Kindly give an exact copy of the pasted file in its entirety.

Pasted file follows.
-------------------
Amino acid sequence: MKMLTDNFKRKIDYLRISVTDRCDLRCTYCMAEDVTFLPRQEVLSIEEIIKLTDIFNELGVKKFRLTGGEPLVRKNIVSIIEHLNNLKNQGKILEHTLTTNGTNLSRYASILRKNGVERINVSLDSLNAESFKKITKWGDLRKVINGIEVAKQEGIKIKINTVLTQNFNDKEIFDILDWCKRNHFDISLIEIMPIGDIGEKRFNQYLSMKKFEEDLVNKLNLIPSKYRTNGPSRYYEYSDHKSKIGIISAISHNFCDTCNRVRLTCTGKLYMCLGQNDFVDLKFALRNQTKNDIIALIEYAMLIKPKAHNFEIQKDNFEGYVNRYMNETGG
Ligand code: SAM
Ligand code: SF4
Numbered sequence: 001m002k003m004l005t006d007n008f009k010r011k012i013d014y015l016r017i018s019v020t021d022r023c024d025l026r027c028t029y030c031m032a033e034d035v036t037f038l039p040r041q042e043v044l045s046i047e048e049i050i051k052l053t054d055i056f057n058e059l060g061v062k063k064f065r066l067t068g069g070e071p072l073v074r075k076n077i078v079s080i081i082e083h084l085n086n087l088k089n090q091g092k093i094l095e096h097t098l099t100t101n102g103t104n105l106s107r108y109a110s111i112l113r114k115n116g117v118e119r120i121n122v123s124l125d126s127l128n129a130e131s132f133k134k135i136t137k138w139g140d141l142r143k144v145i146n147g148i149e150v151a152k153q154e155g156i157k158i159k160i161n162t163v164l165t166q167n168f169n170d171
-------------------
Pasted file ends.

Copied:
Amino acid sequence: MKMLTDNFKRKIDYLRISVTDRCDLRCTYCMAEDVTFLPRQEVLSIEEIIKLTDIFNELGVKKFRLTGGEPLVRKNIVSIIEHLNNLKNQGKILEHTLTTNGTNLSRYASILRKNGVERINVSLDSLNAESFKKITKWGDLRKVINGIEVAKQEGIKIKINTVLTQNFNDKEIFDILDWCKRNHFDISLIEIMPIGDIGEKRFNQYLSMKKFEEDLVNKLNLIPSKYRTNGPSRYYEYSDHKSKIGIISAISHNFCDTCNRVRLTCTGKLYMCLGQNDFVDLKFALRNQTKNDIIALIEYAMLIKPKAHNFEIQKDNFEGYVNRYMNETGG
Ligand code: SAM
Ligand code: SF4
Numbered sequence: 001m002k003m004l005t006d007n008f009k010r011k012i013d014y015l016r017i018s019v020t021d022r023c024d025l026r027c028t029y030c031m032a033e034d035v036t037f038l039p040r041q042e043v044l045s046i047e048e049i050i051k052l053t054d055i056f057n058e059l060g061v062k063k064f065r066l067t068g069g070e071p072l073v074r075k076n077i078v079s080i081i082e083h084l085n086n087l088k089n090q091g092k093i094l095e096h097t098l099t100t101n102g103t104n105l106s107r108y109a110s111i112l113r114k115n116g117v118e119r120i121n122v123s124l125d126s127l128n129a130e131s132f133k134k135i136t137k138w139g140d141l142r143k144v145i146n147g148i149e150v151a152k153q154e155g156i157k158i159k160i161n162t163v164l165t166q167n168f169n170d171